(If you’re just joining this series, please read the previous installments.)
Welfare — Has it Helped the Poor? (Part 1)
Or, as Dr. Phil Would Say, “How’s That Working For You?”
Back in the early 1960’s, President Lyndon B. Johnson decided to wage a war on poverty. It was called just that; “The War on Poverty.” He claimed that, within two years, poverty, as we know it, would be wiped out. This would happen by government forcibly taking money from those above a certain income level and redistributing that money to people who were below a certain income level.
The intent was to give the poor a helping hand, leading them out of poverty, and onto a life of liberty, responsibility, and abundance.
Since most of us, as human beings, care about the plight of the poor and genuinely wish to help them, it probably seemed like a good idea at the time.
Yep, it seemed like a good idea at the time. Imagine; just two years … and poverty, as we knew it, would be all but wiped out in our country. Gone. History, No more. Vanquished.
Turn the clock ahead 50 years and what has the result been?
Let’s put it this way; the “War on Poverty” has been just about as successful as the “War on Drugs” … meaning it hasn’t been successful at all and — for all practical purposes — has only made things worse.
Yes, just $9 trillion dollars (that would be $9,000,000,000,000) later, we have just as many people in poverty per capita as we had back then, third and fourth generations of welfare recipients have grown up never seeing their parents bring home a paycheck, their self-esteem is all but shot, and many see no way out. No way out at all. In fact, they are all but trapped within the Welfare System.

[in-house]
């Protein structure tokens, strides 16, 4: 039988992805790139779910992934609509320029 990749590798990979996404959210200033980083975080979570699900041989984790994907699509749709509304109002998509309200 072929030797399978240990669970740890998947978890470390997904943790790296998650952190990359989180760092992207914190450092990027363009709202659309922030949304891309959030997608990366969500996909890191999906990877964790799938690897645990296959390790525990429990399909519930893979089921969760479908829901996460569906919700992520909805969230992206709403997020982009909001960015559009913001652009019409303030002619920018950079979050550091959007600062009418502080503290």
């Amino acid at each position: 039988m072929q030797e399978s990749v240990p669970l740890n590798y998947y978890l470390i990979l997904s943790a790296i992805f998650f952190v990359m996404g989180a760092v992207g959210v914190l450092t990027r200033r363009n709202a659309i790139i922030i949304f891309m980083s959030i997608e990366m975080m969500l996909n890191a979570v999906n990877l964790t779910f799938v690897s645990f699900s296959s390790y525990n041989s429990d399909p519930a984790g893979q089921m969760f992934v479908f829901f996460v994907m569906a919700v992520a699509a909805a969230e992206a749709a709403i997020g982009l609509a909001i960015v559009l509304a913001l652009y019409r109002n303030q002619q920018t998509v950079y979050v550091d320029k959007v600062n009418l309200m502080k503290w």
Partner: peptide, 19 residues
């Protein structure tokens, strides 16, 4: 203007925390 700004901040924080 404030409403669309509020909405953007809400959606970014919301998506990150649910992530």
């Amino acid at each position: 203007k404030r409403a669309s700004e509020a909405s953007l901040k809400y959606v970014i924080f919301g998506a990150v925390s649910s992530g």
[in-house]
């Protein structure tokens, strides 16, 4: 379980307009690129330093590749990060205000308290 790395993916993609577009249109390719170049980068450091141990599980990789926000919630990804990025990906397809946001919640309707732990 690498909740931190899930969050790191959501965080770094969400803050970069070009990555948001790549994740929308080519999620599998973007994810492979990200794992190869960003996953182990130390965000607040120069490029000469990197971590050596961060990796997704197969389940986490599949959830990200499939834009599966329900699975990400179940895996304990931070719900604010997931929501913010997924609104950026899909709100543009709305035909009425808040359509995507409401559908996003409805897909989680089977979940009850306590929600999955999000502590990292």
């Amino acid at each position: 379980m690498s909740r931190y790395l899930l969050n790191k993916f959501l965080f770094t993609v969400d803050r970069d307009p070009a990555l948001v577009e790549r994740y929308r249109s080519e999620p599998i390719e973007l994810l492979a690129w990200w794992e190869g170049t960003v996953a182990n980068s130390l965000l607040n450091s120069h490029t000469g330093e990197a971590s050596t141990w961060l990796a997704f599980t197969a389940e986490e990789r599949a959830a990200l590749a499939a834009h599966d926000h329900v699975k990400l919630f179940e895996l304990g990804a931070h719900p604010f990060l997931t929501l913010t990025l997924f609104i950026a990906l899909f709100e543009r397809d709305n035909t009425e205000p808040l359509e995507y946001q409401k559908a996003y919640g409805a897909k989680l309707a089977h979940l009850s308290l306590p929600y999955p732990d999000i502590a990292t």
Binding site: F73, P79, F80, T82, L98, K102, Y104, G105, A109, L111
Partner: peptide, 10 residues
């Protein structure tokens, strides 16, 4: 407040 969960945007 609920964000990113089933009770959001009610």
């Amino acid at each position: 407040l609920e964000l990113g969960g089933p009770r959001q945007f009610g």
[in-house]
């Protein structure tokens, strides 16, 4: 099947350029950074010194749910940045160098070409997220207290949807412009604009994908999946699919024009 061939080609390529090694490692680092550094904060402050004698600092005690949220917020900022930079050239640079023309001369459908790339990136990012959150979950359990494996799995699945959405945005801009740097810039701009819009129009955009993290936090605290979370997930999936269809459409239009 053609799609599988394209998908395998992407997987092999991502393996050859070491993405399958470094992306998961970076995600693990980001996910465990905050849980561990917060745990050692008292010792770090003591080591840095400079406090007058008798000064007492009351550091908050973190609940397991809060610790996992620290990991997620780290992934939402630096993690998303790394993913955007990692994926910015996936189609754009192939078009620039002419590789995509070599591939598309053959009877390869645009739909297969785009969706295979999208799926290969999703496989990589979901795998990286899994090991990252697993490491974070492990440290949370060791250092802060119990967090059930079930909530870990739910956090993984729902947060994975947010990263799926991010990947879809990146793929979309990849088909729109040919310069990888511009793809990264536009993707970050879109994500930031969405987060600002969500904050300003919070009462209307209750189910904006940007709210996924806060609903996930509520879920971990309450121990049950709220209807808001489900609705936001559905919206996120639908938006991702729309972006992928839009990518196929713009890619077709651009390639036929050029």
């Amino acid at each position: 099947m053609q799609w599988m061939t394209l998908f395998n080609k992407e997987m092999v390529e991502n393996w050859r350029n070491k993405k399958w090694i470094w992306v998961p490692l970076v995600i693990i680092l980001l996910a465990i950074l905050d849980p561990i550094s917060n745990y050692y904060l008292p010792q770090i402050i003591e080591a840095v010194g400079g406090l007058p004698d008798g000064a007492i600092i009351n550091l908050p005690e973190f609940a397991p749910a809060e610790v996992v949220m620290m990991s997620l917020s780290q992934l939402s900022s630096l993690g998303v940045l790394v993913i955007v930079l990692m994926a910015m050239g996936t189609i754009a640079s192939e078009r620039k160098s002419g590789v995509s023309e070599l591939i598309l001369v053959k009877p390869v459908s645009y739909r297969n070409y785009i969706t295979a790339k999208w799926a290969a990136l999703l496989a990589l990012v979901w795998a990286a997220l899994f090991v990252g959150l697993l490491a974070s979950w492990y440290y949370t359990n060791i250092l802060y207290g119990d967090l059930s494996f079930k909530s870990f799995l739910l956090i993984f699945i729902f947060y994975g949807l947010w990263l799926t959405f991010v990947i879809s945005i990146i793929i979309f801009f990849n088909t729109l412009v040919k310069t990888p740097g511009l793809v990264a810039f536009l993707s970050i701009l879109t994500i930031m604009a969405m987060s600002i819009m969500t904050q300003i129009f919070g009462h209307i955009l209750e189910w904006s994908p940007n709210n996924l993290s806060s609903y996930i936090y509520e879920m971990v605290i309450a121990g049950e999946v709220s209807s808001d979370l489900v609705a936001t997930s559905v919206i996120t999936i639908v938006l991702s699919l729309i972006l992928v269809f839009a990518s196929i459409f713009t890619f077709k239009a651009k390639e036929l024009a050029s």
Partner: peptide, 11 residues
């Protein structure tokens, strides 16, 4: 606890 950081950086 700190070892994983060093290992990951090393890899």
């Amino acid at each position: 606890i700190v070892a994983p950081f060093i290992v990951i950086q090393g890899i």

Government bureaucrats, as I’m sure well-intentioned as most of them truly are, have a vested personal interest in keeping welfare alive and well. After all, that’s how they make their living. And, government’s rules and regulations on how private charity groups can operate (please understand, these groups are perceived by government to be their competition) have put many of these groups right out of business despite their excellent track records, and have discouraged many other similar groups from even trying. Not to mention, with so much of people’s hard-earned money going to Welfare via taxation, many people who would otherwise give abundantly to the poor will not do so, figuring that they’ve already “done their part.”
Quite simply, government needs to get out of the welfare business.
Does this mean we shouldn’t help the poor? Of course not! If you know anything about me, then you know the answer to that is, “We should definitely help the poor!” We should absolutely make and continue to make a concerted effort to help the poor, both in immediate and long-term assistance. However, the key is that “We” should; we the People, “we” as in individual citizens, groups, charities, etc. NOT government.
After all, we want to actually help the poor; not just “pay lip service” to helping the poor. And government — as is the case with most things they do — has done a terribly bad job at it.
Over the next several installments, we’ll look at how — by getting government out of a job for which they’ve proved to be unqualified (notice we haven’t even brought up that it is not within their legitimate Constitutional functions), and putting this extremely worthy task back into the hands of those who are much more qualified — we can truly make a difference in the “War on Poverty.”